Introducing the 2023 Donkervoort F22

Under the direction of second-generation Managing Director Denis Donkervoort, the family-owned Dutch boutique brand has created a supercar that breaks new ground in every area, from construction to design.

Donkervoort has redefined driving purity by doubling the F22’s torsional and bending rigidity (compared to the outgoing D8 GTO Individual Series), thanks to a hybrid chassis construction of thin-wall steel tube and Ex-Core carbon-fibre chassis construction.

With 500 horsepower from its five-cylinder turbo motor and weighing just 750kg, the innovative Donkervoort F22 combines stunning design, sheer speed, handling purity and everyday usability while retaining links to Donkervoort’s historic open-wheel layout.

The Donkervoort F22 became the first Donkervoort to be sold out based on design sketches alone before the car was even seen. The F22 supercar is capable of hitting 2.15G of lateral acceleration while remaining the lightest road- registered, two-seat supercar in the world.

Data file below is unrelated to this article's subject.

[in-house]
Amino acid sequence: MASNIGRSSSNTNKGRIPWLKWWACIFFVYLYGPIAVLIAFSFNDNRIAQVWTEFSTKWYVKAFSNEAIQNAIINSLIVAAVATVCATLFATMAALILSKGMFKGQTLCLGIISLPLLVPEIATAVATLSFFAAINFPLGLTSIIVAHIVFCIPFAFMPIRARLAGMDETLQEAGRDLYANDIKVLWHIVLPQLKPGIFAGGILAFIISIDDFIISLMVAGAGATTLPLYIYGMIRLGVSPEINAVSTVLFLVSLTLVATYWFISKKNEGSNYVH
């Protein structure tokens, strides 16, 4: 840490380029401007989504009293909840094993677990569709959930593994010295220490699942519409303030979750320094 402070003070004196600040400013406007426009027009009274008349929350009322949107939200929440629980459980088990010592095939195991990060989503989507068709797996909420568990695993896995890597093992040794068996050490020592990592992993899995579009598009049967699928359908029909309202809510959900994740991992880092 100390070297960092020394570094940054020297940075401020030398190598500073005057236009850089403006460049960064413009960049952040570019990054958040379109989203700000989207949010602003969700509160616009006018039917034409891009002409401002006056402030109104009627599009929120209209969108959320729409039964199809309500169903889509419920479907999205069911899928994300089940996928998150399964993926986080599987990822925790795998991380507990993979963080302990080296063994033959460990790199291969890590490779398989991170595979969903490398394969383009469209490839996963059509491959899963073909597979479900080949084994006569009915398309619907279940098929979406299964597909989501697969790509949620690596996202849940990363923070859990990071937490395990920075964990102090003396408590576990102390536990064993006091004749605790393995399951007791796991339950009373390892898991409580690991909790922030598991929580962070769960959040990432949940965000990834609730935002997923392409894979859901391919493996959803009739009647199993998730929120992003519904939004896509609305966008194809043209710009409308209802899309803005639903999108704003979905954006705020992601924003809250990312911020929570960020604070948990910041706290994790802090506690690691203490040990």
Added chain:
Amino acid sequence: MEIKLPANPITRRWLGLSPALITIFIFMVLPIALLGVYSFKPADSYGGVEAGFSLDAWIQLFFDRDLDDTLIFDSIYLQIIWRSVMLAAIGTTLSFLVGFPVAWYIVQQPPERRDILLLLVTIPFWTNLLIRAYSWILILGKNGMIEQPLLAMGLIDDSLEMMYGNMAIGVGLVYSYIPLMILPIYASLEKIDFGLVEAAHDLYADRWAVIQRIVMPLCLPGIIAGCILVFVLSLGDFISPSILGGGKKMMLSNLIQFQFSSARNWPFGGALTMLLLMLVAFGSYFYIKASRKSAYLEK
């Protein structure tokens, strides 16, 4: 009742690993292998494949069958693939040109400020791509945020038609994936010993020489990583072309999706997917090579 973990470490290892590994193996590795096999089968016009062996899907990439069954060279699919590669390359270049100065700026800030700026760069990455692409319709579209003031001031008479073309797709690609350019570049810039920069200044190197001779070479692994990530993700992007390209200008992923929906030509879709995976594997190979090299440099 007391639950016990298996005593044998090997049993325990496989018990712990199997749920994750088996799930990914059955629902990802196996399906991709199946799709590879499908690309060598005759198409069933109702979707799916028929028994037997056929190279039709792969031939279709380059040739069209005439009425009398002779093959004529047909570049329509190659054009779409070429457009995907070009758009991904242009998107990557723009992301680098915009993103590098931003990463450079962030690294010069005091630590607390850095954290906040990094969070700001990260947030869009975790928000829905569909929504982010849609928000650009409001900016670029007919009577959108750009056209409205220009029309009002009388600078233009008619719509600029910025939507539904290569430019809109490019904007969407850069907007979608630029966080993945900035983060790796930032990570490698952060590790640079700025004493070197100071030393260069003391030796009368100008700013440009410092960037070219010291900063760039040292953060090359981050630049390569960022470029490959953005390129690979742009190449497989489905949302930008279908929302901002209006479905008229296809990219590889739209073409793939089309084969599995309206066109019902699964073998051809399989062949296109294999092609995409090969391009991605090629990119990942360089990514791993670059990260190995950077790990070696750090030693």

Donkervoort Ambassador program members snapped up the entire planned 50-unit production run, forcing the Donkervoort to extend production to 75 cars.

The F22 is the first new model since Denis Donkervoort took over as the company’s driving force after his father’s retirement, Donkervoort Automobielen founder Joop Donkervoort, early in 2021 and marks the end of the D8 GTO era.

An accomplished racer as well as Donkervoort’s Managing Director, Denis Donkervoort’s engineering brief called for even more track pace, greater comfort, ease of use at the limit and more practicality based on a safer, stronger car wrapped up in a revolutionary design.

The heart of the Donkervoort F22 powertrain is the front mid-engined five-cylinder turbocharged engine. It boasts 500 horsepower – in a machine weighing just 750kg.

The in-line engine was originally built by Audi Sport, and Donkervoort engineers have tuned it for even more power, torque and low-end drivability.

The potent engine was one of the key advantages in the weight-saving campaign, with Donkervoort avoiding hybrid and electric powertrains and the hundreds of kilograms they would have added.

The F22 development had an extreme obsession with weight reduction – even by Donkervoort standards – as the car grew physically larger to accommodate owner requests and legislation from three continents.